I was writing to my sponsor last night, and mentioned that I can still be powered by those two engines of insanity - control and perfectionism.
I can detach enough from myself and my emotions at this stage, to be able to watch the way having cancer, and being pulled into the whirlpool of treatment, affects my desire to control, and awakens the old demon of perfectionism.
For now, much of my time is not my own, through hours spent getting chemotherapy infusions, going for blood tests, appointments with doctors, nurses, dressing changes for the PICC line - the list seems endless, but then when I have a couple of days with no appointments, I feel a gleeful freedom.
After so many years in Al-Anon, I've become rather skilled at letting go - this has been of huge importance to me since the diagnosis. I've learned to live in the moment, and to take pleasure from these moments as they happen, not allowing the spectre of what may lie ahead to poison my joy in today.
A friend is coming to take me for lunch today; we haven't seen each other since before I was diagnosed, so she may be expecting me to look ill. I have had to laugh at how many of my friends who haven't seen me for a while exclaim in surprise "You look so good!" Cancer is a loaded word, and with it come many assumptions.
My sponsor and I are going wig-shopping tomorrow - I'm really looking forward to this, she has a wicked sense of humour, and her many years in Al-Anon allow her to see the silliness that surrounds us in daily life. I know that I can be truly myself with her, whether that be me on a day when I'm working my program and managing to balance quite nicely, or on my not-so-program days. Tears or laughter, she accepts them all, and that is a great gift.
I'm grateful for this wonderful program, for allowing me to be having a conversation with Robert, and know to stop and laughingly "out" myself as a control freak, telling him to do whatever he's doing however he pleases, and I will be quiet now. When I'm in HALT, (hungry, angry, lonely, tired) my desire to control can begin to overcome me. I can focus on it, or let it go - my life works well, or I stumble, depending upon which I choose.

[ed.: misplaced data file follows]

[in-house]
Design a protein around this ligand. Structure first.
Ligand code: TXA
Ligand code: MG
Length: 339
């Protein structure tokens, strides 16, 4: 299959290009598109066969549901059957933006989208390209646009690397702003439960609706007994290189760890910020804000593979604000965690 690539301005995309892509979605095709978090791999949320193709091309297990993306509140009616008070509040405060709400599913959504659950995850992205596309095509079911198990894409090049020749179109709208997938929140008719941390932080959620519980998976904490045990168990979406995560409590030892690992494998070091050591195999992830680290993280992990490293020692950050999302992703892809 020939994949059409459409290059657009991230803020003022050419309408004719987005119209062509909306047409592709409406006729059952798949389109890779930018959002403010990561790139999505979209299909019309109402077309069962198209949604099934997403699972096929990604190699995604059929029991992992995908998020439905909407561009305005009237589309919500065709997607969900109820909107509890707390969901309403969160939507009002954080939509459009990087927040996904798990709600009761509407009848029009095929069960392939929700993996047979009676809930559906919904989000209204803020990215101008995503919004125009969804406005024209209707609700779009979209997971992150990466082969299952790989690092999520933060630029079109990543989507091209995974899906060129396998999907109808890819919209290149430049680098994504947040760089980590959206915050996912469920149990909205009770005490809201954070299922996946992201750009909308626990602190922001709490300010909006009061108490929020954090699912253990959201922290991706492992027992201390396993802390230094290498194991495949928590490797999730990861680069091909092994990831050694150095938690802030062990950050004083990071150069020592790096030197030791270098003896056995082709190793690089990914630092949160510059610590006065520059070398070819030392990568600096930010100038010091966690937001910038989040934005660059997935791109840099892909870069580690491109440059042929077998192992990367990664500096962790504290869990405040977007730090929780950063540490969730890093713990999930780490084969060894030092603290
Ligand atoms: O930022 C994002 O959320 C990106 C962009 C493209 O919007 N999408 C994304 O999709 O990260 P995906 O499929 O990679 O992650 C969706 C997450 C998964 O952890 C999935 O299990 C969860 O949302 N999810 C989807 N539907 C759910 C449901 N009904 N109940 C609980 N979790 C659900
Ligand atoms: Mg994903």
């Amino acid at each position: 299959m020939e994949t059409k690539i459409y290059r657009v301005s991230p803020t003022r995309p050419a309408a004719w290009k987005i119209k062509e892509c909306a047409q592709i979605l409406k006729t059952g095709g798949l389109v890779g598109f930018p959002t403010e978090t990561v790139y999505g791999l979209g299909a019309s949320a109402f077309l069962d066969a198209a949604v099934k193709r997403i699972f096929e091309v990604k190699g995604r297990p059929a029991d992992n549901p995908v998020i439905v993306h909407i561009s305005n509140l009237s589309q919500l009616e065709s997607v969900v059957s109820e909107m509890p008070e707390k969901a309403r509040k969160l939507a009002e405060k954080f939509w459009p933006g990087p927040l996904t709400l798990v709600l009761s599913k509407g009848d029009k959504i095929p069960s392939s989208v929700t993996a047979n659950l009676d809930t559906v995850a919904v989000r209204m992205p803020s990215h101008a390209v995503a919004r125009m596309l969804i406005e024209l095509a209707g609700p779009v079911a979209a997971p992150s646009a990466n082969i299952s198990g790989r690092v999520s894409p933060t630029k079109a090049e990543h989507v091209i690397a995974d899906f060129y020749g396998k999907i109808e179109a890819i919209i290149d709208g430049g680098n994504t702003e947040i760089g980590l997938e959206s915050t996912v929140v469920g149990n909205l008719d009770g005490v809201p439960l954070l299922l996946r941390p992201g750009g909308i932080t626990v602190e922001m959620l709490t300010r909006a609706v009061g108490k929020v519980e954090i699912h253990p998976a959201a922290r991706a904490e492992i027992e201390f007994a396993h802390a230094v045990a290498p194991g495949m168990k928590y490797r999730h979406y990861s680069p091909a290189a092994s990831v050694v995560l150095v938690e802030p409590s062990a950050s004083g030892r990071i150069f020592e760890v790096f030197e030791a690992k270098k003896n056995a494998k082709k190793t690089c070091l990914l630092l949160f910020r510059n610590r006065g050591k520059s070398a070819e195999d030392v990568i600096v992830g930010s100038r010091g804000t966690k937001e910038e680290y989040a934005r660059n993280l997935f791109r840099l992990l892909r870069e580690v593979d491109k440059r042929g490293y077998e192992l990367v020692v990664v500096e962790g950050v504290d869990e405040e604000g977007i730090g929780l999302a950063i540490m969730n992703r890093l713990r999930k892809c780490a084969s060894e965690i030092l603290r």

Perfectionism is another character defect I have had in abundance. I see that it was inculcated in childhood, when a higher mark was always better, and nothing was ever enough. I was never enough.
That feeling stuck with me through most of my early years in Al-Anon. Anxiety can cause it to start up in my head again, that feeling of having to do everything and anything perfectly, so that no possible criticism can be levelled against me. Fortunately, again, I've had sufficient experience in Al-Anon that I know not to allow that feeling to override my common sense. I can feel it, validate it, then set it aside, and do what I need to do to look after myself.
Twice since my diagnosis, I have asked to see another doctor, first the surgeon, and then the medical oncologist. I didn't feel comfortable or confident with the first doctors I saw, so got up my nerve to ask for a second opinion. I'm learning that I need to be willing to advocate for myself. Cancer Care here has a wealth of information and help available, but in order to access it, I have to admit that I need some extra assistance, that I'm not perfect, and I can't manage all on my own. What a relief that is.